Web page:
The U.S. has been pressing Israel for weeks to let greater amounts of food, water, fuel, medicine and other supplies into Gaza, and the U.N. Security Council passed a resolution on Dec. 22 calling for an immediate increase in deliveries. Three weeks ago, Israel opened its Karm Abu Salem crossing, adding a second entry point for aid into Gaza after Rafah.

Still, the rate of trucks entering has not risen significantly. This week, an average of around 120 trucks a day entered through both crossings, according to U.N. figures, far below the 500 trucks of goods going in daily before the war and far below what aid groups say is needed.

Almost the entire population of 2.3 million depends on the trucks coming across the border for their survival. One in four Palestinians in Gaza is starving, and the rest face crisis levels of hunger, according to the U.N.

The United States has pressed Israel to scale down its offensive in Gaza to more precise operations targeting Hamas. But the pace of death and destruction has remained largely the same, with several hundred Palestinians killed a day.

Israel has vowed to keep going until it has destroyed Hamas. Still, after three months of fighting, Hamas, along with other resistance groups continue to put up a fierce fight.

The Israeli occupation army says focus has shifted to the southern city of Khan Younis, where ground troops have been fighting Palestinian resistance for weeks, and several urban refugee camps in central Gaza.

“The fighting will continue throughout 2024,” Israeli army spokesman Daniel Hagari said.

Since the war began, Israel’s war on Gaza has killed more than 23,200 Palestinians, about two-thirds of them women and children, and more than 58,000 have been wounded.

Throughout the night and into Tuesday morning, warplanes struck multiple areas in and around Khan Younis. Israeli artillery shelling and gunfire echoed through the Nuseirat refugee camp in central Gaza, where troops have been pushing in from the north, said one resident, Saeed Moustafa. They were facing heavy resistance from gunmen in the camp, he said.

Like other refugee camps in Gaza, Nuseirat was built to house Palestinians driven out of homes during the 1948 war surrounding Israel’s creation, and over the decades it has been built up into a densely populated town housing refugees and their descendants.

Families in Nuseirat’s northern neighbourhoods were fleeing to other parts of the camp, Moustafa said by phone, with the sound of sporadic gunfire in the background. Some tried to head south on Gaza’s main north-south road but found it blocked by Israeli tanks and turned around, he said. In leaflets, the occupation army had told people evacuating to use another road, along the coast.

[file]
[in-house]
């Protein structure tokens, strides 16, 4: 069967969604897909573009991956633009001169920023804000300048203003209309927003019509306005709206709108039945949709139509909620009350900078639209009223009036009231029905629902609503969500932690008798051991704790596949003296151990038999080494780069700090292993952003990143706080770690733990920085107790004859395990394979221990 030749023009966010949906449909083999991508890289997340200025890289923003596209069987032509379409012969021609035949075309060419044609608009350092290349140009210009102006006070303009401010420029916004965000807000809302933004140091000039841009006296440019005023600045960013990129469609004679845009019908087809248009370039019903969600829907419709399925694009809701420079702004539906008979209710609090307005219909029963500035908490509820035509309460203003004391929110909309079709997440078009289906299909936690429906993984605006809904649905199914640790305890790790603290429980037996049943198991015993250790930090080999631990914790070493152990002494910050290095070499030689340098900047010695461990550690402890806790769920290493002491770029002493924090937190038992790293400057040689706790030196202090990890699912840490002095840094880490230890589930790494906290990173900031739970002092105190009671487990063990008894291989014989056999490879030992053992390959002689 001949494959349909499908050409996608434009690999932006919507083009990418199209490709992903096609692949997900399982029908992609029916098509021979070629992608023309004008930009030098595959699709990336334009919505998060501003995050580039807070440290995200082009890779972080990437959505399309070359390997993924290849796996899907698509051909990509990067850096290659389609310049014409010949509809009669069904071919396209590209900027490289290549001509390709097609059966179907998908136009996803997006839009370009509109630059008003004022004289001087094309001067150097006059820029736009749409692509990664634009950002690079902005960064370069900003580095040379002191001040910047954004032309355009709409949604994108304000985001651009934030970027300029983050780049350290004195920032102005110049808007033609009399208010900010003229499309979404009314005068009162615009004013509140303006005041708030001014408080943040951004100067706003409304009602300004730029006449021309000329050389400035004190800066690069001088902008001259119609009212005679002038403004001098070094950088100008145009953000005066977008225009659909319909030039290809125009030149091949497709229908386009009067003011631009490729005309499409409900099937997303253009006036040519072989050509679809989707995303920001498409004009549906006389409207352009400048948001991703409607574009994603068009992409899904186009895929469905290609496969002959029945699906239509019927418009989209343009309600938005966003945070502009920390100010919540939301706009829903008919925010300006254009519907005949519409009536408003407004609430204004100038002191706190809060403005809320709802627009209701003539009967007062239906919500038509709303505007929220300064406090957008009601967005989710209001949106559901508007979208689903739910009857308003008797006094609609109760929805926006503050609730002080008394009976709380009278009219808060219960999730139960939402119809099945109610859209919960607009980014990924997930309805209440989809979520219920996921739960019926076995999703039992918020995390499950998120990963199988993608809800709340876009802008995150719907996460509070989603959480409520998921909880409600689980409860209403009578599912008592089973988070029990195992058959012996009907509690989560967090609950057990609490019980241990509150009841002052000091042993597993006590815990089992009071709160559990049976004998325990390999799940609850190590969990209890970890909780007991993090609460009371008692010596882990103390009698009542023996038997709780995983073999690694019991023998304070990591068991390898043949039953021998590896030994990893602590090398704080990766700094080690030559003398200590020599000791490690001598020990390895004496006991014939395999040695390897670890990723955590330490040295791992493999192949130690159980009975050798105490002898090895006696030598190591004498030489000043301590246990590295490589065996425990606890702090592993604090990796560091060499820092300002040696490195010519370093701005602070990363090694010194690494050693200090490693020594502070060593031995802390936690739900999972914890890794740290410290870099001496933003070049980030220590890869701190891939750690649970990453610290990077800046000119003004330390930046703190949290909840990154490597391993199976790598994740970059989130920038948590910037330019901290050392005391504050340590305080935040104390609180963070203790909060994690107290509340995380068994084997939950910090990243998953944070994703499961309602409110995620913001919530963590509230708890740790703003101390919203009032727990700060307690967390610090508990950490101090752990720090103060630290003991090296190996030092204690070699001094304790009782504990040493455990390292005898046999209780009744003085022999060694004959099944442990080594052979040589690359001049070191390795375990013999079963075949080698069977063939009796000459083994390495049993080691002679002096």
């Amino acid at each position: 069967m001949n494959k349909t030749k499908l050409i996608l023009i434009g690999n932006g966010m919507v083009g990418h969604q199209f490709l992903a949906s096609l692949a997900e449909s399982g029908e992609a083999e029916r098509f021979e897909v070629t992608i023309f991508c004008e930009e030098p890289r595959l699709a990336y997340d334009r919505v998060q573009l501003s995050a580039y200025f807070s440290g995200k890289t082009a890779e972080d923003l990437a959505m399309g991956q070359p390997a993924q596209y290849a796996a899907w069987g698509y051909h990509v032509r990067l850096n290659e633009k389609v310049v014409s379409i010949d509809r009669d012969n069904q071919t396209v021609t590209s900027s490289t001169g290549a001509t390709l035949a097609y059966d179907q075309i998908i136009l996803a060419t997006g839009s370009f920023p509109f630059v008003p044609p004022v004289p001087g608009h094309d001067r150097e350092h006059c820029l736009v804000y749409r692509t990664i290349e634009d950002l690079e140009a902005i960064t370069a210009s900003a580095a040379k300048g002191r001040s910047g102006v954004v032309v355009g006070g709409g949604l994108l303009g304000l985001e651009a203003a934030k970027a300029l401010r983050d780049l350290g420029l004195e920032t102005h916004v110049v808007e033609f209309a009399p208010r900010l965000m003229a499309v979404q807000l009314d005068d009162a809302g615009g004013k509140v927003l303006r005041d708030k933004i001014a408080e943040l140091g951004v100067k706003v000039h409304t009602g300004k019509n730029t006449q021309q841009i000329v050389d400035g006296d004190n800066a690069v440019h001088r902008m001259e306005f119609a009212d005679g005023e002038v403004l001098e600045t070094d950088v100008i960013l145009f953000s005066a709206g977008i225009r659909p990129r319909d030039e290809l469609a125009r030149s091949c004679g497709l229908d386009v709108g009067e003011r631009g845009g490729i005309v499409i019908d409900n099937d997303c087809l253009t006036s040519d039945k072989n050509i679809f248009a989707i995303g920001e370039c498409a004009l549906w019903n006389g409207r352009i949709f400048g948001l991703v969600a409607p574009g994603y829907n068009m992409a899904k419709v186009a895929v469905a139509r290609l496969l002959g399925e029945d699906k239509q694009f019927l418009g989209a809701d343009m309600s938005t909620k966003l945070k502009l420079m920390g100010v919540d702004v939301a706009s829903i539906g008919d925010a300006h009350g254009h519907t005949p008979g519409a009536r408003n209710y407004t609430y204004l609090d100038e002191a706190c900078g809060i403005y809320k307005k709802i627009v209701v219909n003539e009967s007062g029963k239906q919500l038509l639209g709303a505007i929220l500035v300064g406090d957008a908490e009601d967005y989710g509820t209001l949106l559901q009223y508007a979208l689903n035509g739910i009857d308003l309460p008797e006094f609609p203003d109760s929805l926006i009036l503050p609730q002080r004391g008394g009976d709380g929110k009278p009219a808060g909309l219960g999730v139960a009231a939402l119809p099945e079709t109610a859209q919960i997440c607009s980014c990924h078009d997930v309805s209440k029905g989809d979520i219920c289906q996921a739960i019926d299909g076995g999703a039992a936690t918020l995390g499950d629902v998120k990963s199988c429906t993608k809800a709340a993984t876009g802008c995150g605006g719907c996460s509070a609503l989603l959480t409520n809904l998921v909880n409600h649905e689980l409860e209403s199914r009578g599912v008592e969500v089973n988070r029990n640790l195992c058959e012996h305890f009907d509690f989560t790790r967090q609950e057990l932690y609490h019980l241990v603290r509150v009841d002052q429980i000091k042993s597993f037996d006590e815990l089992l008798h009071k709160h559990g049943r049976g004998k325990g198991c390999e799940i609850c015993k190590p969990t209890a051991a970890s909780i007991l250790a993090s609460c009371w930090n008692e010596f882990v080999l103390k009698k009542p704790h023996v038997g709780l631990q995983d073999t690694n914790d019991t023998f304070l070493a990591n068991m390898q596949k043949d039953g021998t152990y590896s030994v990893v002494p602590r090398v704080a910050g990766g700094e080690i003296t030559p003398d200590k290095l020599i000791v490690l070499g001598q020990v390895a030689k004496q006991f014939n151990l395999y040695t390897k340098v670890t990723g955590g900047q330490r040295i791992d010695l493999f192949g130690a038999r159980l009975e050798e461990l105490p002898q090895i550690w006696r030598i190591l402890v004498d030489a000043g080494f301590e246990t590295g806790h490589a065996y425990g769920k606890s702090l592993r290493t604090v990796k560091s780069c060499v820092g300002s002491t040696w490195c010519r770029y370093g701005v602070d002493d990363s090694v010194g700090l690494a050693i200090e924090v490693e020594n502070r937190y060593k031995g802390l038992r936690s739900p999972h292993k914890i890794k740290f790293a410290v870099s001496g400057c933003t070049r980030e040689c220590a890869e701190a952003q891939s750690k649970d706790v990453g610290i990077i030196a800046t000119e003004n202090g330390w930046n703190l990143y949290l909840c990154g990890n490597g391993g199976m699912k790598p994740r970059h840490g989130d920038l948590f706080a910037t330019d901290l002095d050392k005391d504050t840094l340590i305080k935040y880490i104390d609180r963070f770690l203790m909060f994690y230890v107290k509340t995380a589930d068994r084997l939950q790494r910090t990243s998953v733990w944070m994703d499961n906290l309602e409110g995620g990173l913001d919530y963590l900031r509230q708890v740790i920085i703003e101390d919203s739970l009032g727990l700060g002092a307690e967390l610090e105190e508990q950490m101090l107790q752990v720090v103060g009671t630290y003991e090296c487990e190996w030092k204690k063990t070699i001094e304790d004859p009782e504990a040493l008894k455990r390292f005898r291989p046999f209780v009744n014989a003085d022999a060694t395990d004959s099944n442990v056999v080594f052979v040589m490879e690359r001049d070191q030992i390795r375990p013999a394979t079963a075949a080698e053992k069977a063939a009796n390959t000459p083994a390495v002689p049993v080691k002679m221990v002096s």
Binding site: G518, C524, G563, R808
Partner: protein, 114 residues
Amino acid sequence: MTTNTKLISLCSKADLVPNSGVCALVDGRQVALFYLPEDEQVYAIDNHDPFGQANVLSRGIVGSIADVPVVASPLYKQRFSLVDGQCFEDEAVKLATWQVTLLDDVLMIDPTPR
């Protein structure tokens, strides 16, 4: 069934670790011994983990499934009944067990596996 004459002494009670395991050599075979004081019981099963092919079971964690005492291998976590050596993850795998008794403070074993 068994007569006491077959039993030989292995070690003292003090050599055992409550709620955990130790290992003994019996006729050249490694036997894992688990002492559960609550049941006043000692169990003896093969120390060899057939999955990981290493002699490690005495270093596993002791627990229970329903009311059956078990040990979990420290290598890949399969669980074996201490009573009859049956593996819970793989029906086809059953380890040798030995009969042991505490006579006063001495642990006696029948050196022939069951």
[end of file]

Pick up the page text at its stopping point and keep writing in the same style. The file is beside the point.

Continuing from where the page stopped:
The U.N. humanitarian office, known as OCHA, warned that the fighting was severely hampering aid deliveries. Several warehouses, distribution centres, health facilities and shelters have been affected by the military's evacuation orders, it said. Some bakeries in the central city of Deir al-Balah have been forced to shut down. A U.N. warehouse was hit last week, killing a staffer, and five other staffers were detained by the army, with two still held.

The situation is even more dire in northern Gaza, which Israeli forces cut off from the rest of the territory in late October. Tens of thousands of people who remain there face shortages of food and water.

The World Health Organization has been unable to deliver supplies to the north for two weeks. OCHA said the military rejected five attempted aid convoys to the north over that period, including planned deliveries of medical supplies and fuel for water and sanitation facilities.

As Blinken arrived in Israel, exchanges between Israel and Hezbollah continued their spiral since last week's murder of Hamas deputy leader Saleh Arouri in Beirut.

On Tuesday, Hezbollah said its exploding drones targeted the Israeli army's northern command in the town of Safed — deeper into Israel than previous fire by the group. The Israeli army said a drone fell at a base in the north without causing damage. It did not identify the base.

Hezbollah said its drone strike was further retaliation for the killing of Arouri and of a senior Hezbollah commander in an Israeli bombing Monday.

Tuesday morning, an Israeli drone hit a car in southern Lebanon, killing three people inside, security officials in the area and the state news agency said. There was no immediate word on the identities of the three.


Short link: